To look at, this is a simple little kit with four main parts – fuselage, empennage and two wings with engines moulded on. The remainder of the parts are the undercarriage and the propellers. There is a sort-of instruction sheet for the colours and livery but no hint of how the parts go together – as though any were really needed. However, I reckon that any modeller would need to find a few reference photos from the interweb just to make sure they had the details of the undercarriage right.
Assembly is simplicity itself, after a fashion. The parts for this kit were hand crafted and then cast in resin so that none of them is exactly square or with precise mating surfaced. Also there are no locating pins so they have to be made and holes for them drilled. – the main challenge here is getting the holes at exactly the right location so the two parts fit together without fuss, something that I’ve not quite mastered yet. All this means is that it is not easy to get the parts to fit together so a lot of jiggling is required to get everything to line up so that it at least looks square.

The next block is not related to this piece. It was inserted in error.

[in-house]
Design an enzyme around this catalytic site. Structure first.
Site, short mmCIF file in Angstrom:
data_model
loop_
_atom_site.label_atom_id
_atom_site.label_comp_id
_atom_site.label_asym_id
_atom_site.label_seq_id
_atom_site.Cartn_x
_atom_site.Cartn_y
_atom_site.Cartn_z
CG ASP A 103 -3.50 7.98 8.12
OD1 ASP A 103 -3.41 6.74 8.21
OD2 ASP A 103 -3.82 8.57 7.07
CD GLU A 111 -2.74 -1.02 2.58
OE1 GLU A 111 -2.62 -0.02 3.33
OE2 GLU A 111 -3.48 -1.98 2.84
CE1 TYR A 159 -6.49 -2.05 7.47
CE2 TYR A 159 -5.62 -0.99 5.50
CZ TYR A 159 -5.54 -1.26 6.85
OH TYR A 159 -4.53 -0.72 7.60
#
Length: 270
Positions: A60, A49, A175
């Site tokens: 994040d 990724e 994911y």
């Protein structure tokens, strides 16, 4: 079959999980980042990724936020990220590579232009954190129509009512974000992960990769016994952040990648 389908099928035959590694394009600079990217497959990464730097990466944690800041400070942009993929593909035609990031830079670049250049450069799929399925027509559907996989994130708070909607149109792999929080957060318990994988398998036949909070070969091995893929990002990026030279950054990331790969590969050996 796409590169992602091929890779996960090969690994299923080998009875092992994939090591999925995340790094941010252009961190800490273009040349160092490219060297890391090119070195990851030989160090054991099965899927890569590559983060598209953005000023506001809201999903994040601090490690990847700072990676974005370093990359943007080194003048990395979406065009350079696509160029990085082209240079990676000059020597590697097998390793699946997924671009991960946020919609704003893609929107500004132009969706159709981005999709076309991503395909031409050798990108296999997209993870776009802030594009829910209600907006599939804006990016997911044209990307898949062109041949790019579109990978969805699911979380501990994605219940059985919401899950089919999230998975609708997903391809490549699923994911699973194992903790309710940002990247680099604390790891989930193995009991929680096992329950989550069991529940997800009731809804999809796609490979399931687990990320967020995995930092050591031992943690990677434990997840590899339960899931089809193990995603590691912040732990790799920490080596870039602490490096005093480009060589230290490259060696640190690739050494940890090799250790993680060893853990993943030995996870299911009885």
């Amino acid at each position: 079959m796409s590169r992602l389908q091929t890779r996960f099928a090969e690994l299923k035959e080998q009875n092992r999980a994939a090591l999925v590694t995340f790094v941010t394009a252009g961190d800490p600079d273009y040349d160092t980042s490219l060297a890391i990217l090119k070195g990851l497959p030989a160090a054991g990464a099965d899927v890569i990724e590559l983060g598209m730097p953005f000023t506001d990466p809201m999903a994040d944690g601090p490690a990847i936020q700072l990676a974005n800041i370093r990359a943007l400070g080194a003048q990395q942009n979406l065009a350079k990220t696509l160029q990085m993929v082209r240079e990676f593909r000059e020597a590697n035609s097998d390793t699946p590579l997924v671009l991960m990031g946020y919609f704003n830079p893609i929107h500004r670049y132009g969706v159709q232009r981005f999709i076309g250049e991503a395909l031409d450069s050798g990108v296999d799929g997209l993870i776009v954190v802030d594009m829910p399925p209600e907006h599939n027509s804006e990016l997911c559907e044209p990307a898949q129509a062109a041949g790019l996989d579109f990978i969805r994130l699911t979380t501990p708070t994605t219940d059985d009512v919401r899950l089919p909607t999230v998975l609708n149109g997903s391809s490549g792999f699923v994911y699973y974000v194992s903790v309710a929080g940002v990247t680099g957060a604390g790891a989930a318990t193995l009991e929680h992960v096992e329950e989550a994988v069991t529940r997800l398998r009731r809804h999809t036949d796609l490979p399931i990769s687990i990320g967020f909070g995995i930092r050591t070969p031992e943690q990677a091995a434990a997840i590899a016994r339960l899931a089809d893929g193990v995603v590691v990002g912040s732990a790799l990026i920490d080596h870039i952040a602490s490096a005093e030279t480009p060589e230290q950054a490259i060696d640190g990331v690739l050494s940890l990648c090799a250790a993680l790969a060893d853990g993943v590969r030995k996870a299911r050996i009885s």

Next comes the challenge of taking care of all the problems with the resin moundlings. Don’t get me wrong, for the most part this is a very nicely moulded kit but it gets rough where the casting blocks have been hacked away at the bottom of the fuselage and on the wings. Lots of careful sanding is required here. Then there are the tiny air bubbles in the resin. This is not a significant problem with this kit but there are a few and they need to be cut out, filled and then sanded to the correct shape.
Having done all that you might think that you have a model ready for painting, and you’d probably be wrong. These days the experten recommend a coat of black paint to reveal the faults in your model and while that might be alright for military models it’s not so great for models that are going to be painted in bare metal or gloss white. Instead I’d recommend Tamiya rattle can AS-12 Bare Metal Silver which shows the truth of what your model is really like. What follows is more filling, sanding and polishing.
Now comes the fun part. I’ve become a fan of SMS lacquer paints and their Aluminum lacquer is quickly becoming one of my favourites that goes well on this model. I applied two light coats, waited for them to dry thoroughly and then gave them a light sanding to knock off any slight imperfections, and then gave the model a final light coat. It looked very nice indeed. But now the hard work began.